A WRITER'S WIT
How the Library of Congress Helped Me Organize My Personal Library
In the summer of 2019, I took a short break from writing, about five hours a day over five weeks in order to catalog my collection. I touched every hardback, examining its dust jacket or blurbs on the back of each paperback to see if I wanted to keep it. I touched each book again as I wrote the determined call number in pencil following the copyright page, touched it again as I labeled the spine, and touched it once more as I made a Word document accession list of my holdings. That would be so that in the future I could find what I wanted when I wanted it, something I had not always been able to do with my previous rather free-form mode of organization. (I also found duplicates of books I’d bought, not recalling that I already possessed a copy.)
How did I locate or generate all those LC call numbers? one might ask. I checked the copyright page of each book, especially if it was published sometime after the late 1980s. Very often the publisher had already acquired an LC number and all I had to do was copy it out. If the book did not have a call number, I consulted the TTU Library online catalog. I would say that I retrieved at least fifty percent of my numbers from there. Last, I discovered that the Library of Congress (duh) also sported its very own online catalog of vast holdings. That source gave me nearly the rest (or often I could “generate” a number similar to a different book by the same author). What about new books? They are often a bigger problem than old ones. Many publishers now seem to rush a book to publication without waiting to receive a call number from LC, and so it must sit on a separate shelf of mine until one day the LC catalog will list its call number. A librarian’s job is never done. Yay. It means one is always acquiring and reading new books.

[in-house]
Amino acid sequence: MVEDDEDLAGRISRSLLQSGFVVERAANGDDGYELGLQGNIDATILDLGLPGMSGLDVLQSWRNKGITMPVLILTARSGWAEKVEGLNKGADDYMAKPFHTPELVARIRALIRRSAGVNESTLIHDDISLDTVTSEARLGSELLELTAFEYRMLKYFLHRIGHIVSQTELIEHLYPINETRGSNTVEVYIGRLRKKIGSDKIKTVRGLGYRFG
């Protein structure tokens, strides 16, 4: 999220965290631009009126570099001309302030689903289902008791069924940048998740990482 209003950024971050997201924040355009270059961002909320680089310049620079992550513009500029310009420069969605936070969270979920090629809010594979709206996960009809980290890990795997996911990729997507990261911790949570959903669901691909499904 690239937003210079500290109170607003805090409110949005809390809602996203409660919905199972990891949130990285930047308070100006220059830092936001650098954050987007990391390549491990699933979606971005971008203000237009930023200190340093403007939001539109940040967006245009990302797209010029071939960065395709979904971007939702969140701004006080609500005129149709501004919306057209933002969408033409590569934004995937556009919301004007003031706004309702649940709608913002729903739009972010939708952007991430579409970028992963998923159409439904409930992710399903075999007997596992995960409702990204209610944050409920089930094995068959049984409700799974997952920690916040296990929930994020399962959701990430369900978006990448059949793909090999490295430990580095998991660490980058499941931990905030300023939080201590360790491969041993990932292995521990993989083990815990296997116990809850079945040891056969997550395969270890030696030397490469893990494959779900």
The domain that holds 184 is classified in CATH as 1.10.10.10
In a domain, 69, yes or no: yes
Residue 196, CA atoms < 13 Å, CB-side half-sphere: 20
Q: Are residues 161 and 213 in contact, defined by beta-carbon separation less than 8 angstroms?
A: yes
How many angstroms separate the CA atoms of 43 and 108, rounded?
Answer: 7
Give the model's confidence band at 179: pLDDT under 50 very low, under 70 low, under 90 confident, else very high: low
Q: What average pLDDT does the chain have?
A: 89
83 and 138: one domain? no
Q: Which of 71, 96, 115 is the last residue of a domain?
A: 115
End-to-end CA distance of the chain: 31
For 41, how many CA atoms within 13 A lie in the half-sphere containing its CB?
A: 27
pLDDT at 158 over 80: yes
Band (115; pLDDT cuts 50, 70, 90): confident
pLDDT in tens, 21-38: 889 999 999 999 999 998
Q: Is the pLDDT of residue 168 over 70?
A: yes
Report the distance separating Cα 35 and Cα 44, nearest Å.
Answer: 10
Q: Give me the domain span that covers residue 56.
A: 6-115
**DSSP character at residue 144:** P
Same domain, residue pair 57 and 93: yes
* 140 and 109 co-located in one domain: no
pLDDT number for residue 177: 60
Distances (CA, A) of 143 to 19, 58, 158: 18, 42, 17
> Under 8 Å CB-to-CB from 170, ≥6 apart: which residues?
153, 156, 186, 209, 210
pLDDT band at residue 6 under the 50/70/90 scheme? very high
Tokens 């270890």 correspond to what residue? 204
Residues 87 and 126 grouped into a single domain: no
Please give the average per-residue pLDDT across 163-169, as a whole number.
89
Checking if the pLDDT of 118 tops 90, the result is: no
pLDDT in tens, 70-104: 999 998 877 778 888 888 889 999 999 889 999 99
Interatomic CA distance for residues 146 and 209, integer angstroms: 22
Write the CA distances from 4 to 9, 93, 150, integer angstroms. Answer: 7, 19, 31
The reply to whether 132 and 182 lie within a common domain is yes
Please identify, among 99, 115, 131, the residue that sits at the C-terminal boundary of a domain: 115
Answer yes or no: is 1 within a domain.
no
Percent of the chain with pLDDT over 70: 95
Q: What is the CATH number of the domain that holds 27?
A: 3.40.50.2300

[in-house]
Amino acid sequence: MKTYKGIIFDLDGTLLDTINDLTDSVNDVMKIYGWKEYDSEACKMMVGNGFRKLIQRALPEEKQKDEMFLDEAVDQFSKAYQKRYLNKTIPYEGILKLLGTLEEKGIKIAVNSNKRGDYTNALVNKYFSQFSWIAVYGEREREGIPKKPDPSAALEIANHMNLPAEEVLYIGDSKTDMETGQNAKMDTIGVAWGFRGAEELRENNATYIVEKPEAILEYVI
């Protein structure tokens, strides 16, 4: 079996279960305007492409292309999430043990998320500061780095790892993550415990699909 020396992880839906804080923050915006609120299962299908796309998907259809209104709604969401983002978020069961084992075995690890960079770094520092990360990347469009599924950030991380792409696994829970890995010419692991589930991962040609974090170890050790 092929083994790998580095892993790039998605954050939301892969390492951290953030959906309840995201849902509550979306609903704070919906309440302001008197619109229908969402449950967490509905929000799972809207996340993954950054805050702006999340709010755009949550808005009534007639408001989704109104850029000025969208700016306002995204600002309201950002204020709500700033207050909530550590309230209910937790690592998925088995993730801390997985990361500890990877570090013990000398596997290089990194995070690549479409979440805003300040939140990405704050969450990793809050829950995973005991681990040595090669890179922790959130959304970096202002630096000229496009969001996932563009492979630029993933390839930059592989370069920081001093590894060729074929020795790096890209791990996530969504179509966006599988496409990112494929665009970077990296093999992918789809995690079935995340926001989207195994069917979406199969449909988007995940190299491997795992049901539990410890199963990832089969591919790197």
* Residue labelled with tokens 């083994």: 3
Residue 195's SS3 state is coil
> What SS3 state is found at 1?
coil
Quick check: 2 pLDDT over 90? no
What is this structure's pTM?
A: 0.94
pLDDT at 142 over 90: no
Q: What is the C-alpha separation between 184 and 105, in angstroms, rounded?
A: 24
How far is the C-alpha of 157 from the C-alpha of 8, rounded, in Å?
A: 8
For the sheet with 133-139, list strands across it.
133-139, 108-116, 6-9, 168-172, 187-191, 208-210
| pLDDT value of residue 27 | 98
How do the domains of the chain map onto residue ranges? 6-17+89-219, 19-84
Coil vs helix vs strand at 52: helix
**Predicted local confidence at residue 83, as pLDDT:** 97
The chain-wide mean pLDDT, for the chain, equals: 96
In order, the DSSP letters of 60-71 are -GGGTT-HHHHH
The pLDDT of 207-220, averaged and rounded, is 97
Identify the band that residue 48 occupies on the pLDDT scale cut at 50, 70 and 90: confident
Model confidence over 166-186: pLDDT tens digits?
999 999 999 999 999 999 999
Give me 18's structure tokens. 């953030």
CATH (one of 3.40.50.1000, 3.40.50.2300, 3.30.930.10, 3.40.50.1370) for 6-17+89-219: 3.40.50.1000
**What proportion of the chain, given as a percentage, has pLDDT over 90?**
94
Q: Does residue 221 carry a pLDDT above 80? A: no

I’ve enjoyed writing about my lifetime of library experiences this week. I might briefly say that the Lubbock City/County Libraries support one main building and three branches. I’ve used the main Mahon Library from time to time, particularly when reading fiction; my writing group has met in a small room there. If you have a comment or a library experience you would like to share with my readers, please leave it in the Comment section. If you enjoyed any of these posts, please copy the URL and send a link to your friends. Thank you.
TOMORROW: My Book World | Will Fellows's Farm Boys: Lives of Gay Men from the Rural Midwest